Once I attended a construction industry convention to pass out business cards and actually scored a gig out of it!

  5. Tim says:

    I’d just like to say that your site looks fantastic. You have an extremely crisp, clean, yet original layout. Impressive!

  6. Structure and routine area really very important like you said, and since I started doing the morning thing where I shower and get dressed has really worked for me, I also have set lunch hours (which is only 20 minutes but is really all I need).

    “Routine: it keeps you going!”

  7. Brandon says:

    I was working for a design/dev company in Vancouver, BC and moved to rural Nova Scotia about 3 years ago. While I loved working from home the one thing I missed was being able to bounce ideas off of my co-workers. We were able to approximate the experience through virtual networks, Skype, etc but it wasn’t quite the same as walking into someone’s office and looking over sketches in person.

    There is a tool that I find pretty useful, and still use it to whiteboard stuff with clients now that I am freelancing:

  8. Tahir says:

    Routine is important, if not THE most important aspect to working from home and even more so when you are your own boss.

    I failed in the past because I didn’t setup out a routine but now I am a little wiser. Doesn’t have to be concrete but it should be consistent which is important. What I have found though is if you break your routine even for a few days e.g. stay up too late, sleep in too long this can a very negative affect on the quality of your day to day life and your work output.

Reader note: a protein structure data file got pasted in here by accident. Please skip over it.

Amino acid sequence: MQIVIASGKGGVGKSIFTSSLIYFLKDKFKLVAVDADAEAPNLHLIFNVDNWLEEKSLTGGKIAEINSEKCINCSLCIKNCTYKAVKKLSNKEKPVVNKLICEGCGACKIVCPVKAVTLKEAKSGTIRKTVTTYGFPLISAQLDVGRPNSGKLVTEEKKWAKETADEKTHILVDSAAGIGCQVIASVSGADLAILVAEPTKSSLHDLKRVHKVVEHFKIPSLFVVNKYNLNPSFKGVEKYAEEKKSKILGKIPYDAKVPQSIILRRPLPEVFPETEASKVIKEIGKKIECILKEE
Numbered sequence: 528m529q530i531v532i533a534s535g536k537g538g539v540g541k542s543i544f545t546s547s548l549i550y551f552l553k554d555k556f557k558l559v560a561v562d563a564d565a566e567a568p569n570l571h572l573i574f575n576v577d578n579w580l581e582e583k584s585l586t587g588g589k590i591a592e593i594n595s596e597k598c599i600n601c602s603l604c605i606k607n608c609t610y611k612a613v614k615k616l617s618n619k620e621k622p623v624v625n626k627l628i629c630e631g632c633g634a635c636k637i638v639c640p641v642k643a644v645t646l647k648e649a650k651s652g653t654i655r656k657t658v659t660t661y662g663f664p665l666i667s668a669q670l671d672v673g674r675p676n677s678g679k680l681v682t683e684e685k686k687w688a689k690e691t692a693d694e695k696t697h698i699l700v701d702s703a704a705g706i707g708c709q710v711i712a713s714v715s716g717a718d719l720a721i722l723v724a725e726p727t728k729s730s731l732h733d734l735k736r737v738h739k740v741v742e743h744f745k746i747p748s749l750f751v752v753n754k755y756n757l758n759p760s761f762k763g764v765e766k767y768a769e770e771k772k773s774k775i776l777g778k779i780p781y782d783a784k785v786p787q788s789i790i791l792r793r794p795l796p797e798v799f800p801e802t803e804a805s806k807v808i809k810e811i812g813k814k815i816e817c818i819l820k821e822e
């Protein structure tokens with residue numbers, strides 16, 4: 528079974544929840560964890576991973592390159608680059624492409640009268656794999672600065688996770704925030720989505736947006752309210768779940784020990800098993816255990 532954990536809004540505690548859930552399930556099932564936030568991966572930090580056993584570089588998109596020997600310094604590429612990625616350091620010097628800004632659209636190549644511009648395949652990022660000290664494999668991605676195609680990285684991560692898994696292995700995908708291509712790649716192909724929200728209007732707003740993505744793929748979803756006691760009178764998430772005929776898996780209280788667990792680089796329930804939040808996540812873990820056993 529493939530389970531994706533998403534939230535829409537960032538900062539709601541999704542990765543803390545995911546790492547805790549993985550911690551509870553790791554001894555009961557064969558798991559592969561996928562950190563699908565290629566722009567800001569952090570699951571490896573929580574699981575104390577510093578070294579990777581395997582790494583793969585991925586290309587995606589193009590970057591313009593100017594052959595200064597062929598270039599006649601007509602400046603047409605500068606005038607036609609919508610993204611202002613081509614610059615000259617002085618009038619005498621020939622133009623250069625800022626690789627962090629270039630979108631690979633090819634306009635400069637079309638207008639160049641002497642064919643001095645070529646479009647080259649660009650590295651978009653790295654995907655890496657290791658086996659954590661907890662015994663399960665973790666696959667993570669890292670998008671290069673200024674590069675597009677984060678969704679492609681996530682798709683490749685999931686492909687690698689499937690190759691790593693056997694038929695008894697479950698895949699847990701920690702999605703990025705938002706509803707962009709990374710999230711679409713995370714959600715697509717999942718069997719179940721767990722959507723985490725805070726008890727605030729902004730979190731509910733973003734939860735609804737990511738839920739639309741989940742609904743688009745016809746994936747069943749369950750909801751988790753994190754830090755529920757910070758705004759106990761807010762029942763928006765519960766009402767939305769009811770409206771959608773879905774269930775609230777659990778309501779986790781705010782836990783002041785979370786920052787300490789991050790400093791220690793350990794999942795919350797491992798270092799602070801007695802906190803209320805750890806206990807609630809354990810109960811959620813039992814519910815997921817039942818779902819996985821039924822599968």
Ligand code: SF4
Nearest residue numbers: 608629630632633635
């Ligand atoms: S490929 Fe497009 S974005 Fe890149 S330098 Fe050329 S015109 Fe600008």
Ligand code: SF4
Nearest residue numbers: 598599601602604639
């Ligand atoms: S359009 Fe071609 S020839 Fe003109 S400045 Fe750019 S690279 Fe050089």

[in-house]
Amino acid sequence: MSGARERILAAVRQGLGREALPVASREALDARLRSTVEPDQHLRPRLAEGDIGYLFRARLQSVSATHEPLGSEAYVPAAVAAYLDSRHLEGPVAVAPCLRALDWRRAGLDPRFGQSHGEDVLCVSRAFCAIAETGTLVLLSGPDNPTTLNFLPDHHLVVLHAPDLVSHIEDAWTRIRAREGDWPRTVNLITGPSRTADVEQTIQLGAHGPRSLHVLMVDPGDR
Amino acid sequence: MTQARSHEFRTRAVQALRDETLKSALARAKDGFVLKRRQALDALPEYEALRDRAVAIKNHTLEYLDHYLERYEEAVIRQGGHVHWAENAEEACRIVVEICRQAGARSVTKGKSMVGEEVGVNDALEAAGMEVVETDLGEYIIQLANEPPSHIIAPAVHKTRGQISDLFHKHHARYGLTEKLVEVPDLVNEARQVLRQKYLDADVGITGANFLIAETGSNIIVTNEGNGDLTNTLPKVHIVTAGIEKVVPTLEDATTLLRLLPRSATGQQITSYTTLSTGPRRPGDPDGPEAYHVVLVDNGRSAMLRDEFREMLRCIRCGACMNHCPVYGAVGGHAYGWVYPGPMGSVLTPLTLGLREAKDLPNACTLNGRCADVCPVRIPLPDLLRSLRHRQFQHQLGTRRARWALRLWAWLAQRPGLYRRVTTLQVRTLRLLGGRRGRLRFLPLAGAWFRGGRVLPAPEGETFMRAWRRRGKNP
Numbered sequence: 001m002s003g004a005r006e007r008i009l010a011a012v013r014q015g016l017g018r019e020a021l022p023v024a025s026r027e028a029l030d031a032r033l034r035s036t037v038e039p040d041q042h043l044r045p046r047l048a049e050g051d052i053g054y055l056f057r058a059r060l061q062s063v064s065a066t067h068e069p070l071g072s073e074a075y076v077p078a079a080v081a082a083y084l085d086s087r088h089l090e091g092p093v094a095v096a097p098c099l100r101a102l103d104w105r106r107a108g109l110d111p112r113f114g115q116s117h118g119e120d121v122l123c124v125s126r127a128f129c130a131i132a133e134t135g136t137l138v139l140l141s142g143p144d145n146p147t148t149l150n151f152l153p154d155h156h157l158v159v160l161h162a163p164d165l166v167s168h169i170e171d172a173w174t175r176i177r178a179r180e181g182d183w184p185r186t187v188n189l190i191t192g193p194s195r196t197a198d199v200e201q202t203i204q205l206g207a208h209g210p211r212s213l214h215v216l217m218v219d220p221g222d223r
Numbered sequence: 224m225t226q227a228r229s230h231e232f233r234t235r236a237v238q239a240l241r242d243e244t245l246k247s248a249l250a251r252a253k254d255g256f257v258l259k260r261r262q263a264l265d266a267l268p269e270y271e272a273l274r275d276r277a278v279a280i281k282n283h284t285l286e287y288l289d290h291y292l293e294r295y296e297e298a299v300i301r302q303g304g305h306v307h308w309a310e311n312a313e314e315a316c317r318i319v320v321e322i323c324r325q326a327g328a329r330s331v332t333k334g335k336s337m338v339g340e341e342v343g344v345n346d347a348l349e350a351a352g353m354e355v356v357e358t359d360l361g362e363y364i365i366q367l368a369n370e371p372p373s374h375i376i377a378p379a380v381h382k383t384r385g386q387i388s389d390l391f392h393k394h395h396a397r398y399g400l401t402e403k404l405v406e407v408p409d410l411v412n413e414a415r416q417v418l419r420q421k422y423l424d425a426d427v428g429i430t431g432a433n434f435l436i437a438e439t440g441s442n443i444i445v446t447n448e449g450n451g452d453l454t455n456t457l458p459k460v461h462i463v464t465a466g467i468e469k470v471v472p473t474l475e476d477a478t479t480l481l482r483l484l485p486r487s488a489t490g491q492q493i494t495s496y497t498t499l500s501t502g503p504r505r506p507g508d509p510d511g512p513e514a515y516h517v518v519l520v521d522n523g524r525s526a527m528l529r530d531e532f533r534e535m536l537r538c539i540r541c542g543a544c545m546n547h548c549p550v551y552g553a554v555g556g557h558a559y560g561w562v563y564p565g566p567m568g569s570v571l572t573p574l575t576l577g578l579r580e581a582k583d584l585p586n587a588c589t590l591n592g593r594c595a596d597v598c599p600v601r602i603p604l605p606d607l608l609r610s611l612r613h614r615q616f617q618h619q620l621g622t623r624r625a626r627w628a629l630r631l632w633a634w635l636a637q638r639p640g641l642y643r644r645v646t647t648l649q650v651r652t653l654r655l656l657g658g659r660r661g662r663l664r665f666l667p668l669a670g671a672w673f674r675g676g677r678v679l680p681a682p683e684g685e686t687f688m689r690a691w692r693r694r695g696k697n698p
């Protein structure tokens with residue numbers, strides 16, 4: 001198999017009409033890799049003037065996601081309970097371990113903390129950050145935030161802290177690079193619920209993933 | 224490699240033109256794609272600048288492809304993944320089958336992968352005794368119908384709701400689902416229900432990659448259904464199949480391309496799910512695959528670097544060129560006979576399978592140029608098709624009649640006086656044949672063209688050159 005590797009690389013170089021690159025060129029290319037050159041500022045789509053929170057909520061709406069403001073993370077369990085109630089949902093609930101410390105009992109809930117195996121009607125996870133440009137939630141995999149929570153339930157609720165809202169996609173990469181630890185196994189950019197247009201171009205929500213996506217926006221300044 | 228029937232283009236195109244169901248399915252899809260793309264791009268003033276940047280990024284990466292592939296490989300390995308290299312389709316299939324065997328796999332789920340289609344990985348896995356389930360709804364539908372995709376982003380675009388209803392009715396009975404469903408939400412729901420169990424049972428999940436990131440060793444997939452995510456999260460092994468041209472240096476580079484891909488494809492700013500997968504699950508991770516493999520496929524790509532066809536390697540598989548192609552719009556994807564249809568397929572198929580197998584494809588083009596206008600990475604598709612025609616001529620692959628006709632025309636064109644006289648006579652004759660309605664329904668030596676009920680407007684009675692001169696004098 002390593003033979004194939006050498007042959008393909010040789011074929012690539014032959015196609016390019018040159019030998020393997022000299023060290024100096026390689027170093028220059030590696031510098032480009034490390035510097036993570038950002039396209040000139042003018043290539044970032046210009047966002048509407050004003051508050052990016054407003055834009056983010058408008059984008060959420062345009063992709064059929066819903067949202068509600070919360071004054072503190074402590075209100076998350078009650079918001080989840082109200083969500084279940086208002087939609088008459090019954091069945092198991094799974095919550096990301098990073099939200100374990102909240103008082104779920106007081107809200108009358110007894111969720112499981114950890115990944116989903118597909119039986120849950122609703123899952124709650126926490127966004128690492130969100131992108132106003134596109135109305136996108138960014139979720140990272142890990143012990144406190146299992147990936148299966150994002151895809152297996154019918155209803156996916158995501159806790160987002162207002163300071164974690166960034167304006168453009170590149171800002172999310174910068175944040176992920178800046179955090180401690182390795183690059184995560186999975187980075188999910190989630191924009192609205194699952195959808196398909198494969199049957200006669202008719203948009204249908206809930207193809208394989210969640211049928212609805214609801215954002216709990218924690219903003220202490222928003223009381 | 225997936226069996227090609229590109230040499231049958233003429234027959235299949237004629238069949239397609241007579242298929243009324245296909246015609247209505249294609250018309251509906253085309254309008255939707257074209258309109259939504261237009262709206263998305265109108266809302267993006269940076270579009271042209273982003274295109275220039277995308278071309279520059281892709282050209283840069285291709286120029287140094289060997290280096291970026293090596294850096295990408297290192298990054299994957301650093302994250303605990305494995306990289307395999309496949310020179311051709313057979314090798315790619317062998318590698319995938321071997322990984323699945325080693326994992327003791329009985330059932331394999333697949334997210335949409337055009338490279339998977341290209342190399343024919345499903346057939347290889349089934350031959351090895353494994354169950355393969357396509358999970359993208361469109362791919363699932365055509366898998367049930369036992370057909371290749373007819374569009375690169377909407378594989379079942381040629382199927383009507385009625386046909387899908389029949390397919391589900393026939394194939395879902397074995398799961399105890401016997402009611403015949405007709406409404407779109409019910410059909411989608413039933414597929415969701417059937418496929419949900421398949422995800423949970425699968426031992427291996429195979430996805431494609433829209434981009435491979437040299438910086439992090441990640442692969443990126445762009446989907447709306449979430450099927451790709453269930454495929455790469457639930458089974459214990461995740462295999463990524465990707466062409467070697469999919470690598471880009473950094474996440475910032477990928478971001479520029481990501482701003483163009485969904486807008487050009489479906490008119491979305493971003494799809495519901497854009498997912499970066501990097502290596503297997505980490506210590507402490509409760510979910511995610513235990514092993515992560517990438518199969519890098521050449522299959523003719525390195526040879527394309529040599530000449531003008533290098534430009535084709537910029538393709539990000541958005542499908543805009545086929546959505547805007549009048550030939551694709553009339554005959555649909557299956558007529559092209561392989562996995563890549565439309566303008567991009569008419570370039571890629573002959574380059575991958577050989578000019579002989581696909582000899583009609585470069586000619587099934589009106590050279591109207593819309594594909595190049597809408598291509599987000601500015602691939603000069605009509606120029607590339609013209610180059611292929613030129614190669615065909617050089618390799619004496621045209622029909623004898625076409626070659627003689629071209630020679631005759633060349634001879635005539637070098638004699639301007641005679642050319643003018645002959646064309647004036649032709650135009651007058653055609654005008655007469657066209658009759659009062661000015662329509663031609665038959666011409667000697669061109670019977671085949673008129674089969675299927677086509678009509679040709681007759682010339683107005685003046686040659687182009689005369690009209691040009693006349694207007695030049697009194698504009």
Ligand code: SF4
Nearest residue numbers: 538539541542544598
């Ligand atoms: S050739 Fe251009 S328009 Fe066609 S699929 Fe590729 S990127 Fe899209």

But as the saying goes, life is too short!

  9. Chuck, first of all please allow me to congratulate you for your site! Visiting it is a pleasant user experience.

    About the topic… I work at home, too and my primary conclusion is that working at home is a blessing. Why? Because I decide what, when and how. Definitely, clear purposes and accurate schedule are a must as the way I spend my time is up to me.

    As a general observation: if after a working day I can point to completed works/work stages, then my day was successful.

    Best wishes,
    Zoltan Sebestyen

  10. Josh Pyles says:

    Great post! I have learned the hard way most of those tips you posted above. It’s good to know that other people are in the same boat!

  11. Matt Redard says:

    Chuck, great thoughts!

    From a fellow work-at-homer . . .

  12. chuck says:

    I am typing this @ the apple store in Dallas … Testing out the keyboard … I have fat fingers!

  13. Markús says:

    I agree with you.

    Do you know

  14. sogas says:

    Usefull tips.!

    Besides, I have just descovered your blog. I didn’t know about it and I think it’s great.

  15. Rose says:

    Well reading the first few lines of your post reminded me of all the people that want to be able to work from home but they want to be able to do it while working for a company. Your example shows that you have been working with the company for a while. I think that a lot of people that want to work from home should realize that.

    Now I work at home but I work for myself. I do both research and consultations. It has spoiled me so for never wanting to work for somebody else again. With all the things that go along with working from home the only thing that comes into my mind is that I MAKE it work. When you work from home you spend (at least I do) less money – that’s a big help!